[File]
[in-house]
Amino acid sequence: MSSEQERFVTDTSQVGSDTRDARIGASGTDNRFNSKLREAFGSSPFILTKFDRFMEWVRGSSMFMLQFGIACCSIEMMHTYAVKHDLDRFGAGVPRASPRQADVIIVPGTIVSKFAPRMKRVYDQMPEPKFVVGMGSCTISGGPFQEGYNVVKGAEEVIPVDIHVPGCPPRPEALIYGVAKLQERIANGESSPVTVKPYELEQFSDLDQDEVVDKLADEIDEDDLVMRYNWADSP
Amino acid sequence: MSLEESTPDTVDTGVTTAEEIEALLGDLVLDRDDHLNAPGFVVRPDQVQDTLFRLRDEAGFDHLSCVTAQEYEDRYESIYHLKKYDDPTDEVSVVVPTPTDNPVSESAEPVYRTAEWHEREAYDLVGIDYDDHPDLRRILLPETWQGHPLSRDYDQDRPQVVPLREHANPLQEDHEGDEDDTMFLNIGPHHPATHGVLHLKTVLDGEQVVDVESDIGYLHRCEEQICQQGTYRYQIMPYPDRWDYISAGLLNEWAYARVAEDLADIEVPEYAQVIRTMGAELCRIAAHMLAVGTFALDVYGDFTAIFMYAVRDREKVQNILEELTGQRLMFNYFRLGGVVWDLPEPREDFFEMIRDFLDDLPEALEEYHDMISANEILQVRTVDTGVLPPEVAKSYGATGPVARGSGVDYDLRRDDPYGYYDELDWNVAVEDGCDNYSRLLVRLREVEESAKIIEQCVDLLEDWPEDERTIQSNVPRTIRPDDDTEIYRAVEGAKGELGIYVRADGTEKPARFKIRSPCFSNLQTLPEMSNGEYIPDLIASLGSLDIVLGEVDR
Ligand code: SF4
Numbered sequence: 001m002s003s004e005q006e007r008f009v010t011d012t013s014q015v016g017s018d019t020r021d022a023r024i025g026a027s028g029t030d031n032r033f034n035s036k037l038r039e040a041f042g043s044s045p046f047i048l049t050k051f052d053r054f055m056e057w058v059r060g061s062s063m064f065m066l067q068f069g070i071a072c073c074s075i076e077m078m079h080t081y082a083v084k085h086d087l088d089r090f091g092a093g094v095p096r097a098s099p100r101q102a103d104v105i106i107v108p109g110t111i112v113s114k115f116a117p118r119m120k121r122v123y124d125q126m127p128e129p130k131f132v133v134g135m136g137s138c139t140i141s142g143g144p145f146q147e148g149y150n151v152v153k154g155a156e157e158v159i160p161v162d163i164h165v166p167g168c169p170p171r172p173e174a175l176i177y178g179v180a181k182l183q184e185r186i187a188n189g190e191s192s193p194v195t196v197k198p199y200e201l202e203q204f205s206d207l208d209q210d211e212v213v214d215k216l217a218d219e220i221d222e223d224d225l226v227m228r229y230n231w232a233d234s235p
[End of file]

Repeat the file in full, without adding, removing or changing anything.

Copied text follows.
[in-house]
Amino acid sequence: MSSEQERFVTDTSQVGSDTRDARIGASGTDNRFNSKLREAFGSSPFILTKFDRFMEWVRGSSMFMLQFGIACCSIEMMHTYAVKHDLDRFGAGVPRASPRQADVIIVPGTIVSKFAPRMKRVYDQMPEPKFVVGMGSCTISGGPFQEGYNVVKGAEEVIPVDIHVPGCPPRPEALIYGVAKLQERIANGESSPVTVKPYELEQFSDLDQDEVVDKLADEIDEDDLVMRYNWADSP
Amino acid sequence: MSLEESTPDTVDTGVTTAEEIEALLGDLVLDRDDHLNAPGFVVRPDQVQDTLFRLRDEAGFDHLSCVTAQEYEDRYESIYHLKKYDDPTDEVSVVVPTPTDNPVSESAEPVYRTAEWHEREAYDLVGIDYDDHPDLRRILLPETWQGHPLSRDYDQDRPQVVPLREHANPLQEDHEGDEDDTMFLNIGPHHPATHGVLHLKTVLDGEQVVDVESDIGYLHRCEEQICQQGTYRYQIMPYPDRWDYISAGLLNEWAYARVAEDLADIEVPEYAQVIRTMGAELCRIAAHMLAVGTFALDVYGDFTAIFMYAVRDREKVQNILEELTGQRLMFNYFRLGGVVWDLPEPREDFFEMIRDFLDDLPEALEEYHDMISANEILQVRTVDTGVLPPEVAKSYGATGPVARGSGVDYDLRRDDPYGYYDELDWNVAVEDGCDNYSRLLVRLREVEESAKIIEQCVDLLEDWPEDERTIQSNVPRTIRPDDDTEIYRAVEGAKGELGIYVRADGTEKPARFKIRSPCFSNLQTLPEMSNGEYIPDLIASLGSLDIVLGEVDR
Ligand code: SF4
Numbered sequence: 001m002s003s004e005q006e007r008f009v010t011d012t013s014q015v016g017s018d019t020r021d022a023r024i025g026a027s028g029t030d031n032r033f034n035s036k037l038r039e040a041f042g043s044s045p046f047i048l049t050k051f052d053r054f055m056e057w058v059r060g061s062s063m064f065m066l067q068f069g070i071a072c073c074s075i076e077m078m079h080t081y082a083v084k085h086d087l088d089r090f091g092a093g094v095p096r097a098s099p100r101q102a103d104v105i106i107v108p109g110t111i112v113s114k115f116a117p118r119m120k121r122v123y124d125q126m127p128e129p130k131f132v133v134g135m136g137s138c139t140i141s142g143g144p145f146q147e148g149y150n151v152v153k154g155a156e157e158v159i160p161v162d163i164h165v166p167g168c169p170p171r172p173e174a175l176i177y178g179v180a181k182l183q184e185r186i187a188n189g190e191s192s193p194v195t196v197k198p199y200e201l202e203q204f205s206d207l208d209q210d211e212v213v214d215k216l217a218d219e220i221d222e223d224d225l226v227m228r229y230n231w232a233d234s235p